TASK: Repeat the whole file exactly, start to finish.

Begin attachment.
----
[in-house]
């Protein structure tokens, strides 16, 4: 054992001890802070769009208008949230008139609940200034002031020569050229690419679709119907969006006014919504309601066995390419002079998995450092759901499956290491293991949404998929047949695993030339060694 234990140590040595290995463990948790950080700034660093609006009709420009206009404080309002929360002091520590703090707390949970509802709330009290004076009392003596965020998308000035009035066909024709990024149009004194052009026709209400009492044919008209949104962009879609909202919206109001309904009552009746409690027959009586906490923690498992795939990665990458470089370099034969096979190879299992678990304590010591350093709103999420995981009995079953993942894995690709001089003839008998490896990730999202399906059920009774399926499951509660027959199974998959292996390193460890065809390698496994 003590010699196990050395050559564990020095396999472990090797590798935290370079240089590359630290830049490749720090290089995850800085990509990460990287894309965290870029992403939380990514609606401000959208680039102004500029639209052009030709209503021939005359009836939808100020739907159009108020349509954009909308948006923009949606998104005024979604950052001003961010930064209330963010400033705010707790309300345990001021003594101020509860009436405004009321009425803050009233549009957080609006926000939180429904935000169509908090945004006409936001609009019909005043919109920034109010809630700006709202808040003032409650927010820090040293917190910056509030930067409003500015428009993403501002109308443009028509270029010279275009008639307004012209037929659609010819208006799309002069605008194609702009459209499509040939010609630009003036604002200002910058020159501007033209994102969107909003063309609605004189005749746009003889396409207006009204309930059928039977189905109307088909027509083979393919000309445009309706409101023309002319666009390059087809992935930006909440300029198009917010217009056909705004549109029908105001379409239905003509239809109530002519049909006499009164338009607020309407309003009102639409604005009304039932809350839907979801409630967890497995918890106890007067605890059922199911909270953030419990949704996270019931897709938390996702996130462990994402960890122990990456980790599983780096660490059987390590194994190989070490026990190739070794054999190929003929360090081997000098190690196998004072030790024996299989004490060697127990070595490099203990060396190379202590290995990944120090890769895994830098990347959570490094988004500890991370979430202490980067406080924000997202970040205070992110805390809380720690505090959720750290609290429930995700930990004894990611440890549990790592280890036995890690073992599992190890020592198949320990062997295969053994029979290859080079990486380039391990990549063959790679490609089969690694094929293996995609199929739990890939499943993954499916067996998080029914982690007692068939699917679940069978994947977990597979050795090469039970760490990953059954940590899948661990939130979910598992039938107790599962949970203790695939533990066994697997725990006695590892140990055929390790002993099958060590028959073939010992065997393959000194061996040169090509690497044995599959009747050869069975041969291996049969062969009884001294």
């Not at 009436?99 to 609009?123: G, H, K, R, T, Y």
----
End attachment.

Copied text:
[in-house]
């Protein structure tokens, strides 16, 4: 054992001890802070769009208008949230008139609940200034002031020569050229690419679709119907969006006014919504309601066995390419002079998995450092759901499956290491293991949404998929047949695993030339060694 234990140590040595290995463990948790950080700034660093609006009709420009206009404080309002929360002091520590703090707390949970509802709330009290004076009392003596965020998308000035009035066909024709990024149009004194052009026709209400009492044919008209949104962009879609909202919206109001309904009552009746409690027959009586906490923690498992795939990665990458470089370099034969096979190879299992678990304590010591350093709103999420995981009995079953993942894995690709001089003839008998490896990730999202399906059920009774399926499951509660027959199974998959292996390193460890065809390698496994 003590010699196990050395050559564990020095396999472990090797590798935290370079240089590359630290830049490749720090290089995850800085990509990460990287894309965290870029992403939380990514609606401000959208680039102004500029639209052009030709209503021939005359009836939808100020739907159009108020349509954009909308948006923009949606998104005024979604950052001003961010930064209330963010400033705010707790309300345990001021003594101020509860009436405004009321009425803050009233549009957080609006926000939180429904935000169509908090945004006409936001609009019909005043919109920034109010809630700006709202808040003032409650927010820090040293917190910056509030930067409003500015428009993403501002109308443009028509270029010279275009008639307004012209037929659609010819208006799309002069605008194609702009459209499509040939010609630009003036604002200002910058020159501007033209994102969107909003063309609605004189005749746009003889396409207006009204309930059928039977189905109307088909027509083979393919000309445009309706409101023309002319666009390059087809992935930006909440300029198009917010217009056909705004549109029908105001379409239905003509239809109530002519049909006499009164338009607020309407309003009102639409604005009304039932809350839907979801409630967890497995918890106890007067605890059922199911909270953030419990949704996270019931897709938390996702996130462990994402960890122990990456980790599983780096660490059987390590194994190989070490026990190739070794054999190929003929360090081997000098190690196998004072030790024996299989004490060697127990070595490099203990060396190379202590290995990944120090890769895994830098990347959570490094988004500890991370979430202490980067406080924000997202970040205070992110805390809380720690505090959720750290609290429930995700930990004894990611440890549990790592280890036995890690073992599992190890020592198949320990062997295969053994029979290859080079990486380039391990990549063959790679490609089969690694094929293996995609199929739990890939499943993954499916067996998080029914982690007692068939699917679940069978994947977990597979050795090469039970760490990953059954940590899948661990939130979910598992039938107790599962949970203790695939533990066994697997725990006695590892140990055929390790002993099958060590028959073939010992065997393959000194061996040169090509690497044995599959009747050869069975041969291996049969062969009884001294």
């Not at 009436?99 to 609009?123: G, H, K, R, T, Y």